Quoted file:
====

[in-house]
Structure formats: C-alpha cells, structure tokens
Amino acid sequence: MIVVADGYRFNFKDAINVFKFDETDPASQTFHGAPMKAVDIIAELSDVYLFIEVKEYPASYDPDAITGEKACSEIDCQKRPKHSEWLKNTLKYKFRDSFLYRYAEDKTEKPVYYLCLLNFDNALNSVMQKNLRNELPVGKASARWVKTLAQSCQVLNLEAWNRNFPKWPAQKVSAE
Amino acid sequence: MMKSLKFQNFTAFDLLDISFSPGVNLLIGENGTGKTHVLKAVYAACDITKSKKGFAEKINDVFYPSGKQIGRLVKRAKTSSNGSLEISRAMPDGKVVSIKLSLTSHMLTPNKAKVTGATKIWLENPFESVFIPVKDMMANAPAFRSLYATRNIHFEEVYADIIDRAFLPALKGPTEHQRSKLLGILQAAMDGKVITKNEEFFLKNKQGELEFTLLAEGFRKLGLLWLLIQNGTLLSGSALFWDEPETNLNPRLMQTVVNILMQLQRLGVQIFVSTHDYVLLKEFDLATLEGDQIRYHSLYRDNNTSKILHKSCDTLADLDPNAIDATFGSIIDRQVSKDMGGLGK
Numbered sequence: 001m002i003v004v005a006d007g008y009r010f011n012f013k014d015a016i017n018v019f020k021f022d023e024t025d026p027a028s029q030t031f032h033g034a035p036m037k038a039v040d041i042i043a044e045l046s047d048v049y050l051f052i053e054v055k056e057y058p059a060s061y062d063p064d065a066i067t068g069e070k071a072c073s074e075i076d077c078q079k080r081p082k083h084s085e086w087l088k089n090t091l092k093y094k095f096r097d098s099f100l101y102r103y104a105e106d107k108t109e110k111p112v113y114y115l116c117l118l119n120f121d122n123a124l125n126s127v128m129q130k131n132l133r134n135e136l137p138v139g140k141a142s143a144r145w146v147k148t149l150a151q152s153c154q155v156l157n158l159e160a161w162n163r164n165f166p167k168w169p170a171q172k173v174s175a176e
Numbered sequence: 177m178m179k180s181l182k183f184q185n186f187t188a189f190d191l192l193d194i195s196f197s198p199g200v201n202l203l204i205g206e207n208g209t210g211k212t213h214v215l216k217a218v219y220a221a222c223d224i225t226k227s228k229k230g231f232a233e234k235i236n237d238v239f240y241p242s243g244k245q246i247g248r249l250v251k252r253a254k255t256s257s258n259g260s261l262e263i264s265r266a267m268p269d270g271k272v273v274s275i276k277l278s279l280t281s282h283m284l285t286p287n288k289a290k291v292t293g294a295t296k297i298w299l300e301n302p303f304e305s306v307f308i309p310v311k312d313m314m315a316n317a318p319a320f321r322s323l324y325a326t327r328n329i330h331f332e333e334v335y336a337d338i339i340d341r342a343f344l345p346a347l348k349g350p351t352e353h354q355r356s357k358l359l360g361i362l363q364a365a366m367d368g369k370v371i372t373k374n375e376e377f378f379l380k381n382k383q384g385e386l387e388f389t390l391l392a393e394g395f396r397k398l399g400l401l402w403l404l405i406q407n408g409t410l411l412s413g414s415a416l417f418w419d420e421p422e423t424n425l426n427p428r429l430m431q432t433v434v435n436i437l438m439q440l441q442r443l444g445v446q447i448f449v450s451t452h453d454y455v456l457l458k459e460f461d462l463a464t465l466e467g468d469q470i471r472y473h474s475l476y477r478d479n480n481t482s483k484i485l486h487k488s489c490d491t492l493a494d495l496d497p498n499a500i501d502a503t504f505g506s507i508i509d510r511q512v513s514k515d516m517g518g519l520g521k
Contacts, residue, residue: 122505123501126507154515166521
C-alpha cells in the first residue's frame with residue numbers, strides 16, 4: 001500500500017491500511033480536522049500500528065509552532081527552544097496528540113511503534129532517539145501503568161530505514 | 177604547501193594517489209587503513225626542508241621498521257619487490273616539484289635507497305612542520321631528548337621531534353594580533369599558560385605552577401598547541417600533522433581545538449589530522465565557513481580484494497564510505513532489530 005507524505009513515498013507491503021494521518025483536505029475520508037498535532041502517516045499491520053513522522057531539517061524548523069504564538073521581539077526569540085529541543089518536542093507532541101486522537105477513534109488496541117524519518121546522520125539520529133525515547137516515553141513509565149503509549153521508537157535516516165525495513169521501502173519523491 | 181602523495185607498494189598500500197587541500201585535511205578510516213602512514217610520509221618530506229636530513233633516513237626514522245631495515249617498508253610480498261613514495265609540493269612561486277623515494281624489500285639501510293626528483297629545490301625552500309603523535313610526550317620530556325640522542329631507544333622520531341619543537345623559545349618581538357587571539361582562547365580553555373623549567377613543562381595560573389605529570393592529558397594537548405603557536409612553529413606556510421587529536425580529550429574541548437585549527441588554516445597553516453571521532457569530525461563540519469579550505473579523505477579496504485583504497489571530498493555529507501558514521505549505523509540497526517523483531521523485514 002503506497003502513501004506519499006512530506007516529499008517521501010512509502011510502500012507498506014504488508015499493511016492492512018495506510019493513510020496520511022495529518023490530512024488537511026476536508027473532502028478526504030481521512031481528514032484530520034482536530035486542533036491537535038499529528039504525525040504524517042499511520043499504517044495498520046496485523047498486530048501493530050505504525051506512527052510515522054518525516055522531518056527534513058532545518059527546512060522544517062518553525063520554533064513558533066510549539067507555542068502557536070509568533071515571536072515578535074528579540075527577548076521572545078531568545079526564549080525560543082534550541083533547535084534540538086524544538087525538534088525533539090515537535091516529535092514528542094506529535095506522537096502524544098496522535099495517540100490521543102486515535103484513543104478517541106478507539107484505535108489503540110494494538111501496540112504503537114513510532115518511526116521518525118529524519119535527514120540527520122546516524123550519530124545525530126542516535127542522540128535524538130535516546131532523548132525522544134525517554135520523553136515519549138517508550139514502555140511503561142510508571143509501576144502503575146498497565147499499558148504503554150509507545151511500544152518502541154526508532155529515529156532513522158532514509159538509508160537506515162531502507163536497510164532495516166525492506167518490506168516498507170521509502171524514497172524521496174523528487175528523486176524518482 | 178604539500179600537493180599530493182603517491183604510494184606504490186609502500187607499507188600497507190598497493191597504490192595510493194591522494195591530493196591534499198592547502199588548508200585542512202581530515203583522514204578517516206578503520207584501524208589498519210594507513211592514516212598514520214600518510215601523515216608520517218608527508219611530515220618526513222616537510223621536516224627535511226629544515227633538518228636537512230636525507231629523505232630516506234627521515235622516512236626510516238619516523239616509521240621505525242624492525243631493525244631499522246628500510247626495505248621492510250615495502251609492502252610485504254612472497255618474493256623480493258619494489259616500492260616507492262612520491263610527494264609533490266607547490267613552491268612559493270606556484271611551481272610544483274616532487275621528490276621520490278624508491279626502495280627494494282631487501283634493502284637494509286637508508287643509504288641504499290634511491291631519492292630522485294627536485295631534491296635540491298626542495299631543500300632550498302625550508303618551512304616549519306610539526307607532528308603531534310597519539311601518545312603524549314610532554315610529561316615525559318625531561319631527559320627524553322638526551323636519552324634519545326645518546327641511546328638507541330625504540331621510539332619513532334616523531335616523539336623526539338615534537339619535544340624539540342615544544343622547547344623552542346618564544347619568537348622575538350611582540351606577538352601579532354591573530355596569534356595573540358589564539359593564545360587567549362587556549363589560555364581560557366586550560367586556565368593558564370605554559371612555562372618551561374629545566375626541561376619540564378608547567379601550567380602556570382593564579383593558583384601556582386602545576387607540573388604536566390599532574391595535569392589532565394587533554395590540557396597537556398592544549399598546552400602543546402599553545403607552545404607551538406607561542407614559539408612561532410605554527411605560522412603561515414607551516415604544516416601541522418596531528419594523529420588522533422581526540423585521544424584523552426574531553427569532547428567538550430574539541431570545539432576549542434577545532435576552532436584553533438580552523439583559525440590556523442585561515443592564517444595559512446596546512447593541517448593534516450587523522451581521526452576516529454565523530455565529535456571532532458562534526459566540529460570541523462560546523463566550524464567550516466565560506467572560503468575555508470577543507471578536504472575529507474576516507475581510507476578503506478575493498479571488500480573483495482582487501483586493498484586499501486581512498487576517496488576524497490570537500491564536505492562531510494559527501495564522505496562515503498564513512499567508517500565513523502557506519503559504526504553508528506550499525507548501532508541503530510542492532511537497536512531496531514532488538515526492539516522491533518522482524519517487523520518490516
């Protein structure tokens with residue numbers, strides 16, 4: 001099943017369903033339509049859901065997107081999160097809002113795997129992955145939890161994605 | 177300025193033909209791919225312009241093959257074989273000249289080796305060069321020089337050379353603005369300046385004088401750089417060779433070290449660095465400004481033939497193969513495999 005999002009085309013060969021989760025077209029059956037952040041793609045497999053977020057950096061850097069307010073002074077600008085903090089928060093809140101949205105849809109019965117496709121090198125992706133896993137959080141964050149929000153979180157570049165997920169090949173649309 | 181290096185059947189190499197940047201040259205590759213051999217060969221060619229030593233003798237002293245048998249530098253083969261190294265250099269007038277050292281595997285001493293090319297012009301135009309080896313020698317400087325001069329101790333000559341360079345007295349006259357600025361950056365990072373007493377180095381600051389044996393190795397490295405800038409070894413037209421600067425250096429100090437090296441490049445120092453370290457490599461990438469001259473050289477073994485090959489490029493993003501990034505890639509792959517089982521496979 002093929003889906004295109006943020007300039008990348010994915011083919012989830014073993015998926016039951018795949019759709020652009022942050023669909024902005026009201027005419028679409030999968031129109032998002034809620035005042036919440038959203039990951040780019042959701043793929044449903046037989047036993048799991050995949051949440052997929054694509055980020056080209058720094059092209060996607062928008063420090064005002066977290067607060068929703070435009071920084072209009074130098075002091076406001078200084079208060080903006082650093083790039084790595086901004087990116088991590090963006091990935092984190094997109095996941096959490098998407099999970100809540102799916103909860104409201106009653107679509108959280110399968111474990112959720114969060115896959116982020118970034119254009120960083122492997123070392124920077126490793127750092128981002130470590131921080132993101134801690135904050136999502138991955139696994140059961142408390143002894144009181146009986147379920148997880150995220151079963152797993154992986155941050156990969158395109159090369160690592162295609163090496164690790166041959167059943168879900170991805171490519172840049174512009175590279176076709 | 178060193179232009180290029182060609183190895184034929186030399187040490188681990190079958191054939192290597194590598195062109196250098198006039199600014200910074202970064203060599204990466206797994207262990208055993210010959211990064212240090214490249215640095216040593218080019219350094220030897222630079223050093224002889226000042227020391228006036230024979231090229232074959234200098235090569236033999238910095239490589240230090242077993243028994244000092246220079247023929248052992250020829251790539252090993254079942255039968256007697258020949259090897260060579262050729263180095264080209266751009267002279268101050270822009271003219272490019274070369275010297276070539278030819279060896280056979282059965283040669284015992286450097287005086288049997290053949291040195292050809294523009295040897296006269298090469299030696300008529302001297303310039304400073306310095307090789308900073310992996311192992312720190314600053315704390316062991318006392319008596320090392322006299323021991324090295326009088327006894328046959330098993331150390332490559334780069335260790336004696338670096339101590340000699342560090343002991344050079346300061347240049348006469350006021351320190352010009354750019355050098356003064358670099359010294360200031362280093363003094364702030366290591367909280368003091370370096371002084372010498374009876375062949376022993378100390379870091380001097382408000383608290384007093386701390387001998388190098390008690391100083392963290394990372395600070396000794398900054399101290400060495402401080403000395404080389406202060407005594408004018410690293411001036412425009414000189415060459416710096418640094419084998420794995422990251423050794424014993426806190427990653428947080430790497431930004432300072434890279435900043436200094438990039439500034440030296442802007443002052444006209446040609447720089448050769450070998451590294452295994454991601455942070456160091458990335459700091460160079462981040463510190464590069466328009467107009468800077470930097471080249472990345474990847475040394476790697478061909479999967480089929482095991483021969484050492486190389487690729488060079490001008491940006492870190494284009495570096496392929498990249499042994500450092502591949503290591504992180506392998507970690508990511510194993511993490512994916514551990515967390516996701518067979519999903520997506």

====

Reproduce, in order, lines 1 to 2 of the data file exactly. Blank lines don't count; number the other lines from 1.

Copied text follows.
[in-house]
Structure formats: C-alpha cells, structure tokens